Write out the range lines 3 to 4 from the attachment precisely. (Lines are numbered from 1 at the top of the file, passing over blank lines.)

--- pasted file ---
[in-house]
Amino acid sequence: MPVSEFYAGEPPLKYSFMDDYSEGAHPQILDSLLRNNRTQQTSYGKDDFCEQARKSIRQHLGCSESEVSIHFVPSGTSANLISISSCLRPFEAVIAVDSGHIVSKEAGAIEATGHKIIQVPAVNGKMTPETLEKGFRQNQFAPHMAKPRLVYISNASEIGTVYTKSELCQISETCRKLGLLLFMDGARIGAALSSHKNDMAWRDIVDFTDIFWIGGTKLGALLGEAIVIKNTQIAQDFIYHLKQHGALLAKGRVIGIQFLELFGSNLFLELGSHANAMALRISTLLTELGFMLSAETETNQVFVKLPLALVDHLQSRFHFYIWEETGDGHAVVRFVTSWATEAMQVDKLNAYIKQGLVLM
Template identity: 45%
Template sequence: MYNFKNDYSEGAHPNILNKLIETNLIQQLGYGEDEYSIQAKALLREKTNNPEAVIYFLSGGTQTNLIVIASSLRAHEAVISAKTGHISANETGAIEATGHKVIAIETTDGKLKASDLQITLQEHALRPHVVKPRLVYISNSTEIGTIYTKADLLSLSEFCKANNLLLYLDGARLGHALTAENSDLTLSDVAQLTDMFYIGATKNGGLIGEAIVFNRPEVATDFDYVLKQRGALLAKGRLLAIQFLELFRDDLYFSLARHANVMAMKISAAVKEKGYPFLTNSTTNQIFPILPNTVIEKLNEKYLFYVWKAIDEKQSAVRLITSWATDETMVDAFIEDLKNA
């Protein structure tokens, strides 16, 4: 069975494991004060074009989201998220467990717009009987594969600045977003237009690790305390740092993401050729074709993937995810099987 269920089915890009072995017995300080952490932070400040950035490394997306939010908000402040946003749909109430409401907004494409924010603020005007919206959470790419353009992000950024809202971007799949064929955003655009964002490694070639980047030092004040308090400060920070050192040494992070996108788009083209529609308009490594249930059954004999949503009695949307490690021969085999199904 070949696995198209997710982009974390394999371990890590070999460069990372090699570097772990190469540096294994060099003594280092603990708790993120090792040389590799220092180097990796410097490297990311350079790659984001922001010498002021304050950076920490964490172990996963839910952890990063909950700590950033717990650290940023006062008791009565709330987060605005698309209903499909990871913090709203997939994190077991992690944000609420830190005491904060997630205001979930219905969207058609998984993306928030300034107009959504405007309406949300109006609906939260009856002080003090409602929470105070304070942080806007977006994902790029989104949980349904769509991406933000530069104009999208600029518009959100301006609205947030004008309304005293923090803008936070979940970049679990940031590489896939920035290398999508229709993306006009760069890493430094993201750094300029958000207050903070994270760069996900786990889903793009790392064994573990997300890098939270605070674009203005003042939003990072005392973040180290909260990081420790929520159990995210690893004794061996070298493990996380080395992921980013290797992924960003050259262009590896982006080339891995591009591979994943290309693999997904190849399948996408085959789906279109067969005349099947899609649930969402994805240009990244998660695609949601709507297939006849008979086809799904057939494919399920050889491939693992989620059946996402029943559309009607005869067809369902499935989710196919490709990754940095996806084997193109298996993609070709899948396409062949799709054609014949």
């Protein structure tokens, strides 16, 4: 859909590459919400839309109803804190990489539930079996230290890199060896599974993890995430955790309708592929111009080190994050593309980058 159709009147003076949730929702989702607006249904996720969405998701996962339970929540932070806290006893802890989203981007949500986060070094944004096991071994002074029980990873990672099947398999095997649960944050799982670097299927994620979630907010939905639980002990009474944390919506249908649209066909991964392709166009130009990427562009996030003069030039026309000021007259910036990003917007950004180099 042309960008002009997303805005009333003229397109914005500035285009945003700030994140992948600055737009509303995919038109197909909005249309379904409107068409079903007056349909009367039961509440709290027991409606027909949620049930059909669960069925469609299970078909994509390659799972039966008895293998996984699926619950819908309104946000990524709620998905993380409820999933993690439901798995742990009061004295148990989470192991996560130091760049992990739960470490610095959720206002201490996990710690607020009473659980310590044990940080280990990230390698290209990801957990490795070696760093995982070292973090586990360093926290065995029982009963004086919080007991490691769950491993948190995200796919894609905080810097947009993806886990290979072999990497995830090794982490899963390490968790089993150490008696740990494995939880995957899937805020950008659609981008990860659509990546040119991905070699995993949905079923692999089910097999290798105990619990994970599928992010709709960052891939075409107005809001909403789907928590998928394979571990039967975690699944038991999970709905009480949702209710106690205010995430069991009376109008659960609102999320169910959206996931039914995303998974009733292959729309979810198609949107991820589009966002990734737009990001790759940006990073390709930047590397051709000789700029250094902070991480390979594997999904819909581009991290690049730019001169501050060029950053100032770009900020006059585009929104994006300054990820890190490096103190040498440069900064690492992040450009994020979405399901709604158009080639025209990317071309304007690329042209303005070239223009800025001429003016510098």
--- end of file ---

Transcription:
Template identity: 45%
Template sequence: MYNFKNDYSEGAHPNILNKLIETNLIQQLGYGEDEYSIQAKALLREKTNNPEAVIYFLSGGTQTNLIVIASSLRAHEAVISAKTGHISANETGAIEATGHKVIAIETTDGKLKASDLQITLQEHALRPHVVKPRLVYISNSTEIGTIYTKADLLSLSEFCKANNLLLYLDGARLGHALTAENSDLTLSDVAQLTDMFYIGATKNGGLIGEAIVFNRPEVATDFDYVLKQRGALLAKGRLLAIQFLELFRDDLYFSLARHANVMAMKISAAVKEKGYPFLTNSTTNQIFPILPNTVIEKLNEKYLFYVWKAIDEKQSAVRLITSWATDETMVDAFIEDLKNA